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Thread: Is it true that the only legitimacy of God-religions is the ask for the proof of non-existence?

  1. #1 Is it true that the only legitimacy of God-religions is the ask for the proof of non-existence? 
    Forum Ph.D.
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    And you know, asking for the proof of non-existence is nonsensical.

    Well, is that the only legit basis where a religion can stand on?
    Aren't there any others?


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    Genius Duck Moderator Dywyddyr's Avatar
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    Define "legitimacy".
    Zero proof of non-existence is hardly "legitimacy" in any sense of the word.


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    I'll redefine the question: Is it true that the only secure thing that God-religions can use to invalidate their religion to be is false is by asking for the proof of non-existence?
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    Genius Duck Moderator Dywyddyr's Avatar
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    As I pointed out in the thread that prompted this one:
    Lack of evidence when there should be evidence counts against the existence of god.
    As does weight of probability.

    As an argument in support of "god" it is absolutely worthless.
    Pavlos' post mentioning leprechauns etc. should have made you aware of that.
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    Quote Originally Posted by ryanawe123 View Post
    I'll redefine the question: Is it true that the only secure thing that God-religions can use to invalidate their religion to be is false is by asking for the proof of non-existence?
    There is that. However, you also have to account for the fact that they attribute everything which we cannot understand to a God. Even when there are just gaps to be filled in. For instance, evolution is a theory. Therefore, it is open to ridicule and the insertion of God into the points which cannot be "proven". God is in the details, as they say.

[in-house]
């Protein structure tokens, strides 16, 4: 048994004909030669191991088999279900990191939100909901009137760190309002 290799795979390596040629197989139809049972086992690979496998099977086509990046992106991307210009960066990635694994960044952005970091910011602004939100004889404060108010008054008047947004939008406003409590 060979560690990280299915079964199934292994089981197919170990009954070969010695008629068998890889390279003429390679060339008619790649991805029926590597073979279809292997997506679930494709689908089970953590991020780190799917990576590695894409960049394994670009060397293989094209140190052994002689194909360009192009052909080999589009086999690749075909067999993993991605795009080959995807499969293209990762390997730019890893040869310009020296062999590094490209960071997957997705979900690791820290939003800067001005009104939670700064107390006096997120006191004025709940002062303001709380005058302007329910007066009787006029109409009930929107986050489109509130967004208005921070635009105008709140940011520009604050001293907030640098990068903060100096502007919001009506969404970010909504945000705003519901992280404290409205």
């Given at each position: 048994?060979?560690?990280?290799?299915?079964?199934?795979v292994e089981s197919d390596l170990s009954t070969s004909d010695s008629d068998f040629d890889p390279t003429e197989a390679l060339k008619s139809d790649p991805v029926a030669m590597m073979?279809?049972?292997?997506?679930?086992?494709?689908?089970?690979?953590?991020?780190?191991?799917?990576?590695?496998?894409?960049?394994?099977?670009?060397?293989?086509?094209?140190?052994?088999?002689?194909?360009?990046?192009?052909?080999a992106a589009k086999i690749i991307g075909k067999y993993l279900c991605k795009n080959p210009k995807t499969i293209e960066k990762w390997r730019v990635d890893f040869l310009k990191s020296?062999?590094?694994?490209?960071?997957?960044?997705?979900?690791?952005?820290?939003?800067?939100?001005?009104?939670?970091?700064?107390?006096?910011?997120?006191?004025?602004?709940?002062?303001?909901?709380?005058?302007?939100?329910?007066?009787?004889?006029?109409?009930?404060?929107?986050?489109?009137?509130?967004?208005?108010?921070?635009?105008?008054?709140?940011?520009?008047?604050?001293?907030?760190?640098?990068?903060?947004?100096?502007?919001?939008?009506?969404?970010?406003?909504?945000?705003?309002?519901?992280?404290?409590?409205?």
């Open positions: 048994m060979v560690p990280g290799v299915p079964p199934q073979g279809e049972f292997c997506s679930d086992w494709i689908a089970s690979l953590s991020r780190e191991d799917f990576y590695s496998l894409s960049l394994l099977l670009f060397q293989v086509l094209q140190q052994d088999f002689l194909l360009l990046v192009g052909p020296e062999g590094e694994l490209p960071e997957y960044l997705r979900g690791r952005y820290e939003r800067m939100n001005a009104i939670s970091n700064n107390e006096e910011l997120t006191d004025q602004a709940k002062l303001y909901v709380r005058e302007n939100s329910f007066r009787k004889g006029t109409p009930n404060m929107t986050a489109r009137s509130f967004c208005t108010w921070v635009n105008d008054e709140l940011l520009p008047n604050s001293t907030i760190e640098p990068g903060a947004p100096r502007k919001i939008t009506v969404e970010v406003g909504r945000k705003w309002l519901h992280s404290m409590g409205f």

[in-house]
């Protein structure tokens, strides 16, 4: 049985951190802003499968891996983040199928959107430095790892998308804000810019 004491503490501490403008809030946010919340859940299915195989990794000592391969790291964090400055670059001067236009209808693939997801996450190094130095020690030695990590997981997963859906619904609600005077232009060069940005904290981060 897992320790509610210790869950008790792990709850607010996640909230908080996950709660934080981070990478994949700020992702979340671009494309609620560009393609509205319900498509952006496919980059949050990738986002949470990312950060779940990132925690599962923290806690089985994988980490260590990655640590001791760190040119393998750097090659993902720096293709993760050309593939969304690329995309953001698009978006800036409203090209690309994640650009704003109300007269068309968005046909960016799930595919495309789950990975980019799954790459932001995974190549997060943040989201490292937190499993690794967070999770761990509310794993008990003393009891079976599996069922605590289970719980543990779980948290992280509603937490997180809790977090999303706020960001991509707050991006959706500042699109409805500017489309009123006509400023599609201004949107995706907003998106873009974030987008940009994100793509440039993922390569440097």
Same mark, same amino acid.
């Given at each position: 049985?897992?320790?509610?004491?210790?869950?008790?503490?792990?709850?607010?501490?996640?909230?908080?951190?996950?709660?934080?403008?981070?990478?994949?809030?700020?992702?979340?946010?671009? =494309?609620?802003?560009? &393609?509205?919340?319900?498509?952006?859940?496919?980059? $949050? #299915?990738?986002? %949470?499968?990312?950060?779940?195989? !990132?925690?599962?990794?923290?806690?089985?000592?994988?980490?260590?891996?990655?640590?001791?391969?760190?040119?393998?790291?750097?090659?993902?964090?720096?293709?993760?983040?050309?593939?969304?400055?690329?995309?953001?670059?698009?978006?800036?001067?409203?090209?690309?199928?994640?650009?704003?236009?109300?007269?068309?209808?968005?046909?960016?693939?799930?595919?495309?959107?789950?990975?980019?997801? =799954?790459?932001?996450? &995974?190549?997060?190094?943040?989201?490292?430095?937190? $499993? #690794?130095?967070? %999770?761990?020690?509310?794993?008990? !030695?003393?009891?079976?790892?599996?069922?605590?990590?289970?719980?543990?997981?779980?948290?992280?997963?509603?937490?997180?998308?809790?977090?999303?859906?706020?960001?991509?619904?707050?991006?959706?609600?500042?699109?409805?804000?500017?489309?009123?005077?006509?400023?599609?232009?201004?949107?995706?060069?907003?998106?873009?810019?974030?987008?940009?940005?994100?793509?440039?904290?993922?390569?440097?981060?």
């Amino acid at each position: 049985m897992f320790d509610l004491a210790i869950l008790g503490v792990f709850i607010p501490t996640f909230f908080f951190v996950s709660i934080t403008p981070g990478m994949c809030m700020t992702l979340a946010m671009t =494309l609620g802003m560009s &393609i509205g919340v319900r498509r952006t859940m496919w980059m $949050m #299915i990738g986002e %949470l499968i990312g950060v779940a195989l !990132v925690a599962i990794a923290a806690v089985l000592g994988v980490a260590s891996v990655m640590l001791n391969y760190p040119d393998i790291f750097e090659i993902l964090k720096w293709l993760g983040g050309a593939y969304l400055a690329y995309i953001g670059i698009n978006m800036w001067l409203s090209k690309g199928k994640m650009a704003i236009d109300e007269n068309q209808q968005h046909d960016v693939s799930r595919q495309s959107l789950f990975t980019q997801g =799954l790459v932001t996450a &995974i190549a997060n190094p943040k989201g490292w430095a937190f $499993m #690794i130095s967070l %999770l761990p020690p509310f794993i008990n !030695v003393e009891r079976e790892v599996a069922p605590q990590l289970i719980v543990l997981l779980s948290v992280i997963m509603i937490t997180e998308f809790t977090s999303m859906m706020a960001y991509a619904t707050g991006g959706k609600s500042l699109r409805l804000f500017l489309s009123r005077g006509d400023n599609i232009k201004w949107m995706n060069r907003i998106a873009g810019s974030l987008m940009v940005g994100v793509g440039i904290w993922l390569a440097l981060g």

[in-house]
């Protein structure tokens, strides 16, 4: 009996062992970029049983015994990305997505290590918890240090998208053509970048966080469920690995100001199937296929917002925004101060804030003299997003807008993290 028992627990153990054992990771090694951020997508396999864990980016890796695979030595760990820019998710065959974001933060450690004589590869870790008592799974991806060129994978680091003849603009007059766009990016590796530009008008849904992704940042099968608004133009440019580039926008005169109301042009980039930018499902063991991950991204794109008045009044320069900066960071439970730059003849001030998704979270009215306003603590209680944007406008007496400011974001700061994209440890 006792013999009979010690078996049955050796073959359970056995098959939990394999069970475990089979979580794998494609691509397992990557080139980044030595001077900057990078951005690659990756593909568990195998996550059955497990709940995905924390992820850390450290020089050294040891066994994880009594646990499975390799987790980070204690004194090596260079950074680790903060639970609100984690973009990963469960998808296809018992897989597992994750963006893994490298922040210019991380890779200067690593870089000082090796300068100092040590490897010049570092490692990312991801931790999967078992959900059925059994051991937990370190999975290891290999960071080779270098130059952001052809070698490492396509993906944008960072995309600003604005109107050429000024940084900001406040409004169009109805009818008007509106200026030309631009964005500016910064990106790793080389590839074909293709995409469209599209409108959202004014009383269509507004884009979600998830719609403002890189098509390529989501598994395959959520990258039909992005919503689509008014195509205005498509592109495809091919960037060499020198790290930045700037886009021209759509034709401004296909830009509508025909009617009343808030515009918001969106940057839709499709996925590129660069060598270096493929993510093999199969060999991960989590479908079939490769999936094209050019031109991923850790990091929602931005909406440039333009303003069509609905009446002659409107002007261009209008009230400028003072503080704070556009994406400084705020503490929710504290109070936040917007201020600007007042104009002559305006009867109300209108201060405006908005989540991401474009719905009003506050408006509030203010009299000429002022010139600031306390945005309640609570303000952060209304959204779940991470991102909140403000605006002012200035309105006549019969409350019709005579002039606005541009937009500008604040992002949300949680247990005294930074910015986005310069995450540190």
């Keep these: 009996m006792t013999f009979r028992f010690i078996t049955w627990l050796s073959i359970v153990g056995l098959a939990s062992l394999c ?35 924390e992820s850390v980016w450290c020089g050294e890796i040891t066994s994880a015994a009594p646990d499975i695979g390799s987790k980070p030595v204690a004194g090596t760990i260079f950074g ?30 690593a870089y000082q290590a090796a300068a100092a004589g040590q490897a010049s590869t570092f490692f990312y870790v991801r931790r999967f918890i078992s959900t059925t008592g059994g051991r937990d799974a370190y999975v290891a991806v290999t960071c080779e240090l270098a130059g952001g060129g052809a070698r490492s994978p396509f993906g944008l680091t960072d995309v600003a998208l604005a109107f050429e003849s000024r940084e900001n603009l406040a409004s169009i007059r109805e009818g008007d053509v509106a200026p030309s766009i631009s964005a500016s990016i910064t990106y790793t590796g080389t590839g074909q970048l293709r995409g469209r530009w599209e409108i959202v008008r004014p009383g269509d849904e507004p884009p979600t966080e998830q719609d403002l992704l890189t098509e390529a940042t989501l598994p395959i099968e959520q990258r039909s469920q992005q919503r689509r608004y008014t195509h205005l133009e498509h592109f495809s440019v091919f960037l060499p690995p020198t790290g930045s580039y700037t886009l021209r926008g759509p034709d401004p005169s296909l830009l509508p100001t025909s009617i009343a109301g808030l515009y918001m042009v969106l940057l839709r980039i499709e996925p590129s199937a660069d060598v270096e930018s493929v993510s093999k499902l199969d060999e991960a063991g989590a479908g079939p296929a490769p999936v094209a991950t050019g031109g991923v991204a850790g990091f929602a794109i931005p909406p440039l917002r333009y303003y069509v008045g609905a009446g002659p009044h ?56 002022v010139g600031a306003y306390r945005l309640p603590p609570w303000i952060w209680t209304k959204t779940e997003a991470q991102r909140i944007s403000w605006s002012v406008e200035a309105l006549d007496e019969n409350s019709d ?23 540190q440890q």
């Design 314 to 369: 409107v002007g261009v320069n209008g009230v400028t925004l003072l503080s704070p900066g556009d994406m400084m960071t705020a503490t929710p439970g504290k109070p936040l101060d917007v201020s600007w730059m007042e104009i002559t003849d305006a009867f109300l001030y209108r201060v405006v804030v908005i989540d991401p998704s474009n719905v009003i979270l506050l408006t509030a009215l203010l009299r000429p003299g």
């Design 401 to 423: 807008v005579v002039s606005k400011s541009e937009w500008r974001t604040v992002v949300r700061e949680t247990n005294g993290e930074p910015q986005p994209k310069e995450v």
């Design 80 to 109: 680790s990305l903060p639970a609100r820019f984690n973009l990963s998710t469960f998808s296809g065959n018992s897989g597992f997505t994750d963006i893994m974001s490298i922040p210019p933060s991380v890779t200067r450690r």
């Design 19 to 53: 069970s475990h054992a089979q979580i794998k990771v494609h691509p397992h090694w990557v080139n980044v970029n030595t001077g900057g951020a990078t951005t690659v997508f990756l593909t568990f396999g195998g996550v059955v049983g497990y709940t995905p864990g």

"Sometimes I think the surest sign that intelligent life exists elsewhere in the universe is that none of it has tried to contact us." -Calvin
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    Malignant Pimple shlunka's Avatar
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    God's legitimacy? Nah, I like to think he's a bastard.
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  8. #7  
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    Quote Originally Posted by Dywyddyr View Post
    Lack of evidence when there should be evidence counts against the existence of god.
    Not finding a cause yet does not confirm the universe to be non-deterministic.
    We may find a cause for radioactive decay someday, and we might find its deterministic someday.
    Its just that we could assume that it happens non-deterministically now, and also, we cant confirm that the world is not deterministic.
    although we might not have found the cause yet. for e.g, radioactive decay/quanflux.

    if we can apply it to quantum physics, why not on religions?


    If we cant rule out that universal determinism may some day be found to be true, why should we rule out that God exists?
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    Genius Duck Moderator Dywyddyr's Avatar
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    Quote Originally Posted by ryanawe123 View Post
    If we cant rule out that universal determinism may some day be found to be true, why should we rule out that God exists?
    It would help if you managed to realise that there are two separate arguments:
    1) Ruling out god's existence - lack of evidence DESPITE the fact that there should be some (i.e. no evidence for god).
    2) Acausal physics - everything we do confirms it (i.e. evidence against causality).
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    Quote Originally Posted by ryanawe123 View Post
    And you know, asking for the proof of non-existence is nonsensical.

    Well, is that the only legit basis where a religion can stand on?
    Aren't there any others?